Date of Award
Open Access Dissertation
Doctor of Philosophy (PhD)
Wildlife & Fisheries Conservation
Curtice R. Griffin
Todd K. Fuller
Matthew J. Kelty
Although the unprotected lands of northern Tanzania support large numbers of elephants, and provide critical linkages for wildlife movements across the region, there is little information on the dispersal patterns of elephants in these unprotected lands. Our home range measures (100% MCP) of 21 elephants with satellite collars in four study regions were highly variable (191 to 3,698 km2). Home range sizes (95% fixed kernel) of bulls were typically larger than those of females, and wet season ranges were typically larger than dry season ranges. There were large differences in average home range sizes reflected varying strategies for obtaining food and water and avoiding humans. All eight radio-collared elephants (3 bulls, 5 females) in the West Kilimanjaro study region crossed the Tanzania-Kenya border, but typically elephants crossed more frequently in the wet than the dry season, and bulls crossed 47% more frequently than females. These extensive transboundary movements indicate that the elephant populations of West Kilimanjaro and Amboseli NP constitute a single transboundary population. Based upon 14,287 fixes from eight collared elephants, the vast majority of time was spent in unprotected ( x=91.5%) versus protected (x =8.5%) areas. Amboseli NP was visited by all eight elephants and was the protected area most utilized ( x=8%, range 2-24%). Based upon the movements of 15 GPS-collared elephants in northern Tanzania, we identified eight areas that we considered important for wildlife conservation corridors/linkages for elephants. Our conservation priorities for these corridors were based upon the levels of threats and conservation potential. Community interviews and hilltop surveys were used in two Maasai villages to determine the extent of wildlife conflict, community attitudes towards elephants, and if elephants were using a vegetation corridor to move between Tanzania and southern Kenya. Elephants were the most problematic wildlife species and were considered a nuisance. However, they believed they attracted tourists, and generally did not believe elephant numbers should be reduced. Based upon elephant conflict and use and the communities' need to maintain areas for cattle grazing and medicinal plant collection, the two communities established the first wildlife conservation corridor in Tanzania.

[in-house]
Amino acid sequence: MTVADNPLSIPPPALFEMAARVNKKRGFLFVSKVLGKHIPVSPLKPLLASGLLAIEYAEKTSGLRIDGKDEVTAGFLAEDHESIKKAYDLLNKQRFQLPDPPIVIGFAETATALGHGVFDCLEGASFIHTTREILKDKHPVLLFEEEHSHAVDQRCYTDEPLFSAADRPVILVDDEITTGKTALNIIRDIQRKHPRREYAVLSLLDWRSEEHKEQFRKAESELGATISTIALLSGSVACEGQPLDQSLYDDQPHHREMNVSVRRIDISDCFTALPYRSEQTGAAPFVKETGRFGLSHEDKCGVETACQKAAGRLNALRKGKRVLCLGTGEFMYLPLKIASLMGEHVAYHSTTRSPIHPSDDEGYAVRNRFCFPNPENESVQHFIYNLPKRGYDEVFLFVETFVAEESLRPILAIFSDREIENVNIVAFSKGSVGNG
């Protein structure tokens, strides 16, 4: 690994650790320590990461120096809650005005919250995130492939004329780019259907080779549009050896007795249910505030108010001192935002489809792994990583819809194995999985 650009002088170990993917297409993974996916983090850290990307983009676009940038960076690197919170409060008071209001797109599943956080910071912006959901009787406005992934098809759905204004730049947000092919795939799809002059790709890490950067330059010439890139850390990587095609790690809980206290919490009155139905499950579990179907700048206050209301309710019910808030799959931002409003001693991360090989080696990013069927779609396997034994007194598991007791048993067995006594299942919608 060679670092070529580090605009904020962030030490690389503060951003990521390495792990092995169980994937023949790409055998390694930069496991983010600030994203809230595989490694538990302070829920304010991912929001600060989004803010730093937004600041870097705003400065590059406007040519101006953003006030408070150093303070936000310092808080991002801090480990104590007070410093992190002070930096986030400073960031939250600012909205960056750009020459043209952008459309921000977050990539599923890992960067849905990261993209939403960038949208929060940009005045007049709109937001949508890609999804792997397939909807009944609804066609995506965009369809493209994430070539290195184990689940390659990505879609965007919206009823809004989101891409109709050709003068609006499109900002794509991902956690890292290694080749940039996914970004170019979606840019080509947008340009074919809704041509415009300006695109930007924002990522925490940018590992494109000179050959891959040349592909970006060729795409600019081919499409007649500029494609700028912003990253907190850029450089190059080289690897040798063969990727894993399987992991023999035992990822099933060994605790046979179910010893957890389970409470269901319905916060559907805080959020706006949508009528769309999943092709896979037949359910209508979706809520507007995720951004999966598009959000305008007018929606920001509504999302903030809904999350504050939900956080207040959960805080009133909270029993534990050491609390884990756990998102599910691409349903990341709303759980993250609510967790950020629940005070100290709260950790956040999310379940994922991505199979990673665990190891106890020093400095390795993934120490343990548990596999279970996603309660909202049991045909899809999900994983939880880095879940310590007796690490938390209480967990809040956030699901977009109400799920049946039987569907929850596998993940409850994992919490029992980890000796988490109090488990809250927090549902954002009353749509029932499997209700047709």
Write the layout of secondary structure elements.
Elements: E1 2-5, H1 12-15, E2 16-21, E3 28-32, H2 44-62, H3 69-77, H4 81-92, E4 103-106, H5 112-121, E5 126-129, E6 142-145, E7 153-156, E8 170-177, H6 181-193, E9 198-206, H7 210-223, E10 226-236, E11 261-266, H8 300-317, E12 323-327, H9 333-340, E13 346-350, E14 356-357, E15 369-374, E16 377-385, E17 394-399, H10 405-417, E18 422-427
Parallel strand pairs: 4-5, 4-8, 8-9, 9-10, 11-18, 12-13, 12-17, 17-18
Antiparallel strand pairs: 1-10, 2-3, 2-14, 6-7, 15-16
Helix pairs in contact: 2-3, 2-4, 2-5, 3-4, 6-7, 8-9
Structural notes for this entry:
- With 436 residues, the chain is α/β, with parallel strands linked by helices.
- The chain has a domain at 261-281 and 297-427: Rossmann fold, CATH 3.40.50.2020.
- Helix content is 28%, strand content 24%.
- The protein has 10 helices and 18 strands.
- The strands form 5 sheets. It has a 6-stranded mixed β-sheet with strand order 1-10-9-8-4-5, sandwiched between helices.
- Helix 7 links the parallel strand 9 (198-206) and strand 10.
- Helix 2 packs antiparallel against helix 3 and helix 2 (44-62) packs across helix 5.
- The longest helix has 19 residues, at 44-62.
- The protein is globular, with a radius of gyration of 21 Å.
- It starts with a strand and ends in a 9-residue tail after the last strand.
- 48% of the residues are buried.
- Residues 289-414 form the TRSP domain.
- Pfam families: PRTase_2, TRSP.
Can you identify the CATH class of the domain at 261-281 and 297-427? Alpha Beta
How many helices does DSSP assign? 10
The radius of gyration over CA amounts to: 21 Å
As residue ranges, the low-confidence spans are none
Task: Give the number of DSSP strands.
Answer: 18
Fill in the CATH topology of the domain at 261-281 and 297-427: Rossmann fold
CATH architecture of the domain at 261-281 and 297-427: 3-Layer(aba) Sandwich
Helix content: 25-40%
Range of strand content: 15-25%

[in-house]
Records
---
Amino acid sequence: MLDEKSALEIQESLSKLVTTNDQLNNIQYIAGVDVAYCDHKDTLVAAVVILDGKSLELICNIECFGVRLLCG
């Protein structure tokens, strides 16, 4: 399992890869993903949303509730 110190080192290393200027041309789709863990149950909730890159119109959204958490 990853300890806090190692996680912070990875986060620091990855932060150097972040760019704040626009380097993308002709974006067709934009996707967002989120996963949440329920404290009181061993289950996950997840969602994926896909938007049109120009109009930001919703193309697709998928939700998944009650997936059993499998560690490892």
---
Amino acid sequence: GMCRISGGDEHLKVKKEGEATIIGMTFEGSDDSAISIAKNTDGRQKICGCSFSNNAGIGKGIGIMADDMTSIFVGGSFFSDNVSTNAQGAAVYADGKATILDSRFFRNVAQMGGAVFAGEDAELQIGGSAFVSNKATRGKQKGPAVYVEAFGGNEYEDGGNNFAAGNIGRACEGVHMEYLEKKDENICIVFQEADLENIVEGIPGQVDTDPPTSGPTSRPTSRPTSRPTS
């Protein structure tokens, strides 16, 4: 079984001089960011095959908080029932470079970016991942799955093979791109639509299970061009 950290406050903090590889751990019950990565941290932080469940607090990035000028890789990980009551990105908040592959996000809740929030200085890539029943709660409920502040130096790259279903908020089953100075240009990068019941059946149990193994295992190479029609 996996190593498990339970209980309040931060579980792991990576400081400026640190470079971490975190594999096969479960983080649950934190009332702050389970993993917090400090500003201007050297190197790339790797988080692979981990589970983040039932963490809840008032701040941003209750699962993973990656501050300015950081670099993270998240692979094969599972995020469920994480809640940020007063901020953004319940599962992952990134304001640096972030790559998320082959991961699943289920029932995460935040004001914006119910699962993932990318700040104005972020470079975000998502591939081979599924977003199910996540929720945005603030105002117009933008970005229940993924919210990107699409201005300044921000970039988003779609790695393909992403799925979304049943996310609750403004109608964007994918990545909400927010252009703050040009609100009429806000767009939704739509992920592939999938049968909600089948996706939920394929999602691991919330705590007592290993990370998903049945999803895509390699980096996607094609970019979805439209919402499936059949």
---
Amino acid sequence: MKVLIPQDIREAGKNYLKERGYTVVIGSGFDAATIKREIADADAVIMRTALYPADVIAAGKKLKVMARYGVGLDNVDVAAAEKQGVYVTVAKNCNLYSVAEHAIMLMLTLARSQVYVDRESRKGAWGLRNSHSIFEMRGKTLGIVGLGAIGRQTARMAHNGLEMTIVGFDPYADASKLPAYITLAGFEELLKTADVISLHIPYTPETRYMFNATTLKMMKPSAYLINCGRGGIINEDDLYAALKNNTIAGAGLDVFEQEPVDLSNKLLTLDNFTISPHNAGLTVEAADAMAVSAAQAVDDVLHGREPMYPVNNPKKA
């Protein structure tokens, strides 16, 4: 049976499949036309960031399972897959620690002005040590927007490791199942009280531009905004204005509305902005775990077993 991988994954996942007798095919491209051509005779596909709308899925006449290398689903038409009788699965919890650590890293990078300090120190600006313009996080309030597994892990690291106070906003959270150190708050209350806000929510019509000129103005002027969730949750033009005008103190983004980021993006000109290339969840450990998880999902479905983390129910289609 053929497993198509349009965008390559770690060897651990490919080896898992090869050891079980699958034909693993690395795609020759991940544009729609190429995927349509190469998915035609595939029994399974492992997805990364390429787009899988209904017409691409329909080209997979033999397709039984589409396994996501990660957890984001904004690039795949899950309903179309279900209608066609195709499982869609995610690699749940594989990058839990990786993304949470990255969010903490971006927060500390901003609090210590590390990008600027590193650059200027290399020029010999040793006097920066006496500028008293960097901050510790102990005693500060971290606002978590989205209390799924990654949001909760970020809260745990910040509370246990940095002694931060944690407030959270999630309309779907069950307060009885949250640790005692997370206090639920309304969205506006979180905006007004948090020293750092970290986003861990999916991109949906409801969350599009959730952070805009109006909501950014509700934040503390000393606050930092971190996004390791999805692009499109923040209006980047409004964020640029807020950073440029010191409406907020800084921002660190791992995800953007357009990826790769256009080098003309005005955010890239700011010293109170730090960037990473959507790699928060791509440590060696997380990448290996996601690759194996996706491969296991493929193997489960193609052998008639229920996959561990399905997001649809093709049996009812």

Kikoti, Alfred P. and Kikoti, Alfred P., "Seasonal Home Range Sizes, Transboundary Movements and Conservation of Elephants in Northern Tanzania" (2009). Open Access Dissertations. 108.